Putin Warned That Ukraine War Could Be Lengthy And Nukes Are an Option: Russian President Vladimir Putin on Wednesday said that he could not state unequivocally that Russia would not use a nuclear weapon except in retaliation – and suggested that any promise to never use weapons of mass destruction was essentially a promise to never use them.
“The threat of nuclear war is growing — no need to hide this sin,” the Russian leader told members of the presidential Human Rights Council.
“If Russia does not use nuclear weapons first under any circumstances, then it will not be the second to use them either, because the possibility of using it in case of a nuclear strike on our territory will be sharply limited.”
Putin further said that the war in Ukraine could likely turn into a “long-term process,” and he essentially went on the defensive when addressing Russia’s setbacks on the battlefield, as well as this week’s strikes on three Russian airbases hundreds of miles from the fighting.
The leader dismissed the suggestions that Russian troops were deserting en masse and claimed that the Kremlin would not need to mobilize additional troops – a process that has resulted in protests and other upheavals in Russia.
“As for the slow process of the special military operation, then, of course, it can be a long-term process,” Putin explained, while also seeming to praise the fact that Moscow has annexed Ukrainian territory – in essence claiming the lands were historically Russian dating back to the 17th century.
“But then you mentioned that new territories had appeared,” Putin added. “This is such a significant result for Russia … The Azov Sea has become an internal Russian sea. Even Peter I had fought for access to the Azov Sea.”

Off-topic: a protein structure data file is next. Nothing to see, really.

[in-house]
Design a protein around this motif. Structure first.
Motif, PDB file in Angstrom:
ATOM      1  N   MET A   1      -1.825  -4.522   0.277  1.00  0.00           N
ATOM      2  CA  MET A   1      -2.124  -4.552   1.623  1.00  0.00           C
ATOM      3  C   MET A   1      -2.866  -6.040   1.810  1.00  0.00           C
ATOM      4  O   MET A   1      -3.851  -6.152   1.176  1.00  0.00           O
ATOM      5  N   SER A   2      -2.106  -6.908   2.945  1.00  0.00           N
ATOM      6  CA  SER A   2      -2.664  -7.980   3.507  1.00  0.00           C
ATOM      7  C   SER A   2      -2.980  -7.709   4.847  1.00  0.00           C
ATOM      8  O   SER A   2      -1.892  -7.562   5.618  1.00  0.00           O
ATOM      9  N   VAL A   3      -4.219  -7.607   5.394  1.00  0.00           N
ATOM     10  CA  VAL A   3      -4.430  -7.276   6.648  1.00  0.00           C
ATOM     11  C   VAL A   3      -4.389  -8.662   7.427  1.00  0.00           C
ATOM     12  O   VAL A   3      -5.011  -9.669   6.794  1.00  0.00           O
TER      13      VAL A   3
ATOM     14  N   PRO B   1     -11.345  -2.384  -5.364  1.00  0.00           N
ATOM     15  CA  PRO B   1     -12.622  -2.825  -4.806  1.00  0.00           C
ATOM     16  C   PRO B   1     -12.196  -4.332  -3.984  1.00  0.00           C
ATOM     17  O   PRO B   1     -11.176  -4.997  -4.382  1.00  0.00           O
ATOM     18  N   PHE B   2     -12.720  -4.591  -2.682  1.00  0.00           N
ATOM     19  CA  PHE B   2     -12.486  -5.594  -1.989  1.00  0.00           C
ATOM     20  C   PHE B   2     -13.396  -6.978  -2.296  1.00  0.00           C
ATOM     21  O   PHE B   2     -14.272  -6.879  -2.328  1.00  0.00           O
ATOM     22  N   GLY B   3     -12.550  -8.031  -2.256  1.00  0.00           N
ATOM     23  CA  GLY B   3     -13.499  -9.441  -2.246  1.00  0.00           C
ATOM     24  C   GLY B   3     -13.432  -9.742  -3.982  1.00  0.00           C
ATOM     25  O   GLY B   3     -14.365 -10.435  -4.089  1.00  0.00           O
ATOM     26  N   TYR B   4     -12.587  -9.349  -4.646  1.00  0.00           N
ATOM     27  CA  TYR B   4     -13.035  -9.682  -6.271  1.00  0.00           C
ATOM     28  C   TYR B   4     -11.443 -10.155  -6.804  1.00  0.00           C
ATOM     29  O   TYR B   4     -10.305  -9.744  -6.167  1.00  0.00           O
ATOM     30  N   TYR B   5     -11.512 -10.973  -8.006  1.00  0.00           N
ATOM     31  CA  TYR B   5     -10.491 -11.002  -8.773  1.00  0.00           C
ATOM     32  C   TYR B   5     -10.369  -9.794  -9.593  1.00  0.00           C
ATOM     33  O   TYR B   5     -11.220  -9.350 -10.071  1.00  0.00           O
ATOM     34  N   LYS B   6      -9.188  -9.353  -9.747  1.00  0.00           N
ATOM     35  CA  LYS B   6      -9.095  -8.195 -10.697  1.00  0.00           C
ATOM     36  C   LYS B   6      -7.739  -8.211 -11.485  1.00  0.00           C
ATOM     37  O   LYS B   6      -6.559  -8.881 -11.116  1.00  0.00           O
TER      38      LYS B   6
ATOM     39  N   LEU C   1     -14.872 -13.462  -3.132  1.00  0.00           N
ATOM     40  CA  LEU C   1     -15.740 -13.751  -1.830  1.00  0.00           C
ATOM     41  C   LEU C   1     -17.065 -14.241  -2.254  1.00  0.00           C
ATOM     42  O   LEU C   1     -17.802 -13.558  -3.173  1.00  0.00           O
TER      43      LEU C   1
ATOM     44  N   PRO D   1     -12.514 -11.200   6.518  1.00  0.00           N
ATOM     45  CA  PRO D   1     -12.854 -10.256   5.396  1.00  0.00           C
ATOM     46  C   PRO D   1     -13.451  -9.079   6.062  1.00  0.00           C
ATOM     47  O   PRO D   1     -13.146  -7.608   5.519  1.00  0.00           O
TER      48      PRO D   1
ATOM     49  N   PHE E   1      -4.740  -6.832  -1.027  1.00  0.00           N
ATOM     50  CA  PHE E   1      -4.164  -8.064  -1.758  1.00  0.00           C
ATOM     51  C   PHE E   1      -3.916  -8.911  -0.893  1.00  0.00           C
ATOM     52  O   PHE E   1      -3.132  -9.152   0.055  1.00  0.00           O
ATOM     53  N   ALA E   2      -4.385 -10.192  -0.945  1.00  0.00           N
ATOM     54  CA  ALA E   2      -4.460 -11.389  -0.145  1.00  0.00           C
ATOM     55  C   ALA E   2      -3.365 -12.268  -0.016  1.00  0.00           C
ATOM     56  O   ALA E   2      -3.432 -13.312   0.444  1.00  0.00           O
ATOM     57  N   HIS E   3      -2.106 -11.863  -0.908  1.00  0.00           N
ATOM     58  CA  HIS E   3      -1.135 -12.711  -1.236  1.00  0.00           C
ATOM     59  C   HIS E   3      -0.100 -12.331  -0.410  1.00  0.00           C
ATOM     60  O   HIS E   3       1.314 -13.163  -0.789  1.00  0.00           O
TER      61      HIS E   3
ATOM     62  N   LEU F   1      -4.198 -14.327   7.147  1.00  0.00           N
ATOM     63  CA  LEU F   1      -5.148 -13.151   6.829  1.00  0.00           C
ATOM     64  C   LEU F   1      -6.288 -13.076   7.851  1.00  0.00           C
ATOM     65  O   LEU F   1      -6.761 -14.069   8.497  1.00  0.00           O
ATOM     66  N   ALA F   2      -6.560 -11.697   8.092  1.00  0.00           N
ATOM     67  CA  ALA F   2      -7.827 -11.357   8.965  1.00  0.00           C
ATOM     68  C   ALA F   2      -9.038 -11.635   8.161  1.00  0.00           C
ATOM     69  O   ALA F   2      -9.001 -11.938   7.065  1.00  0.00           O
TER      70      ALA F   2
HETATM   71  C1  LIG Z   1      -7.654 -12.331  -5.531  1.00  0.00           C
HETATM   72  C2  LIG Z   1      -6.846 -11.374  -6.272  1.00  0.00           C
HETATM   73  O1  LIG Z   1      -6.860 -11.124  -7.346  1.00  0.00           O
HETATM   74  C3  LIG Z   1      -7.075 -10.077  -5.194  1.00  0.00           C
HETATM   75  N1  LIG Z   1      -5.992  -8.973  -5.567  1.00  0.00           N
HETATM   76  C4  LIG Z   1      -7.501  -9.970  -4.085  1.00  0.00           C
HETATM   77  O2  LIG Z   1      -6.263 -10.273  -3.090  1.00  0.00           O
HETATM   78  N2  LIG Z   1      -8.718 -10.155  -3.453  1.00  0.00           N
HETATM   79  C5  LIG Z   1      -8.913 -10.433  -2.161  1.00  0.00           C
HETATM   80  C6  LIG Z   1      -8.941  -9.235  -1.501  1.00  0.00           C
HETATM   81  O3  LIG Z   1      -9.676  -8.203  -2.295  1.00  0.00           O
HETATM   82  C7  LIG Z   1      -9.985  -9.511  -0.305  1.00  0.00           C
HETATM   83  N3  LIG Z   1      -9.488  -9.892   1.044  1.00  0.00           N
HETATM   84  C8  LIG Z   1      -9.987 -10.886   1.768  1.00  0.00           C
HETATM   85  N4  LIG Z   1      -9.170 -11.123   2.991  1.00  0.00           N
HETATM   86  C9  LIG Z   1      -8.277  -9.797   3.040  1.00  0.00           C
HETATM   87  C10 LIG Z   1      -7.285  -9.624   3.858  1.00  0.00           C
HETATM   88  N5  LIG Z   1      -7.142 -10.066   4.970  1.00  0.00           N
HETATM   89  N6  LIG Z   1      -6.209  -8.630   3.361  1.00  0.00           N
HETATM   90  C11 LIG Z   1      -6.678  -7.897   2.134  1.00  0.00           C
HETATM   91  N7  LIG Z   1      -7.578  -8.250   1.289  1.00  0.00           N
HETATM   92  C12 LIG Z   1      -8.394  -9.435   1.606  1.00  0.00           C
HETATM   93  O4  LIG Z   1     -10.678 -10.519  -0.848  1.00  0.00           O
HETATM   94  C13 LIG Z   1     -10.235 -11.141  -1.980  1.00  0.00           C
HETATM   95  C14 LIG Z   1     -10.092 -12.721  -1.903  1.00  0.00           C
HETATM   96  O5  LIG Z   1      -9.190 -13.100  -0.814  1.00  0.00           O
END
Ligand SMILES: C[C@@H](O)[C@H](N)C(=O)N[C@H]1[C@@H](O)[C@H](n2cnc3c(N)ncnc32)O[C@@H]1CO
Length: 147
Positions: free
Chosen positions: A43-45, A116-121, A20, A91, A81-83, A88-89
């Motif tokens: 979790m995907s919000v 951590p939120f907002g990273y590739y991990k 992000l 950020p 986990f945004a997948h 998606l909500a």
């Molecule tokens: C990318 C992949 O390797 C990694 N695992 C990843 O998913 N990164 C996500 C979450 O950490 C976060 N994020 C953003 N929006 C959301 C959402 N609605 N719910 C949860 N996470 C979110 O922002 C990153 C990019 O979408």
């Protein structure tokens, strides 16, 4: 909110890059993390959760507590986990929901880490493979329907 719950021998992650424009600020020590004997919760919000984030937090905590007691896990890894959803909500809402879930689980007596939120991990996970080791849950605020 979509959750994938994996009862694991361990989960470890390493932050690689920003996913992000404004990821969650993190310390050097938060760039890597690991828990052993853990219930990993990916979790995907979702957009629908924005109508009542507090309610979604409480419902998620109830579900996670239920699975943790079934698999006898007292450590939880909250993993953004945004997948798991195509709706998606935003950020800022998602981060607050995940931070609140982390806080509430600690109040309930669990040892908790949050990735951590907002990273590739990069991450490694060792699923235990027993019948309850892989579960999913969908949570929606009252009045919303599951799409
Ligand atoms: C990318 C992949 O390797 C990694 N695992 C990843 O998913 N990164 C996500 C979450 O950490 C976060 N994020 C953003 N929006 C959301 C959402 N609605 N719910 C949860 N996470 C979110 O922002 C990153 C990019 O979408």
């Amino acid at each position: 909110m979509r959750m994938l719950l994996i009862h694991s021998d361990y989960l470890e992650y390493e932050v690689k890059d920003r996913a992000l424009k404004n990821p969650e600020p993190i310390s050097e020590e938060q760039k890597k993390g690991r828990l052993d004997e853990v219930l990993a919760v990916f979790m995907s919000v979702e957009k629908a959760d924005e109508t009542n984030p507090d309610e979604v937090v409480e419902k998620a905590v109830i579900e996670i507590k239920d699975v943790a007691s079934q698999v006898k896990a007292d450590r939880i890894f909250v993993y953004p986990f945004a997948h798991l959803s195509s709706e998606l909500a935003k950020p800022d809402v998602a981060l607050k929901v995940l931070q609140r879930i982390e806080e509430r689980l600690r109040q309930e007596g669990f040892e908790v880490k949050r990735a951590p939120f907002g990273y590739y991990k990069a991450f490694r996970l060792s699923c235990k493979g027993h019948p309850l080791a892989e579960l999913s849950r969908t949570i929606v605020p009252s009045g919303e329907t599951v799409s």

Putin the Great?
This was also not the first time that Putin has invoked Peter I – more commonly known in the west as Peter the Great. The current Russian leader had noted that the former Czar waged the Great Northern War against Russia’s archrival Sweden for 21 years.
Peter I had successfully transformed Russia into an empire from its 1721 victory against Sweden and became “the Great” through warmongering. At 70 years of age, Putin likely doesn’t have the time – even if he hints he has the patience – to wage such a prolonged conflict.
Moreover, it wasn’t actually Peter the Great who had gained control of what is now Ukraine – but rather the German-born Catherine the Great, wife of Peter III, grandson of Peter I. Putin had previously invoked the 18th-century ruler to justify the seizure of Crimea in 2014.
The Empress also seized what is much of Ukraine during the partitions of the Polish-Lithuanian Commonwealth, a fact remembered by residents of the Ukrainian port city of Odesa. Earlier this year, city officials began to dismantle a controversial monument to Catherine.
Ukraine Massive Losses Not Addressed
While Putin has shown himself to be quite the student of Russian history, he had failed to admit that Russia has been driven back and forced to abandon some of the annexed territories, most notably the city of Kherson, which was liberated by Ukrainian forces last month. The city has since come under Russian artillery shelling, a fact that the Kremlin hasn’t denied.
In fact, it was just last week that Sergei Lavrov defended the actions by explaining that the Soviet’s Red Army had shelled the city of Stalingrad during the Second World War.
Using “all means available” to protect its territory, including the annexed regions, could include the use of nuclear weapons.
“We haven’t gone mad. We are fully aware of what nuclear weapons are. We have them, and they are more advanced and state-of-the-art than what any other nuclear power have,” Putin noted and said that Russia’s nuclear arsenal was “not a factor provoking an escalation of conflicts, but a factor of deterrence.”
What Putin also didn’t address is the staggering number of Russian losses.
\To date, Russia has seen more than 91,000 soldiers killed in the fighting – and is now on track to have lost more than double the number of U.S. losses in Vietnam in just a tenth of the time.
A Senior Editor for 19FortyFive, Peter Suciu is a Michigan-based writer. He has contributed to more than four dozen magazines, newspapers, and websites with over 3,000 published pieces over a twenty-year career in journalism. He regularly writes about military hardware, firearms history, cybersecurity, and international affairs. Peter is also a Contributing Writer for Forbes and Clearance Jobs. You can follow him on Twitter: @PeterSuciu.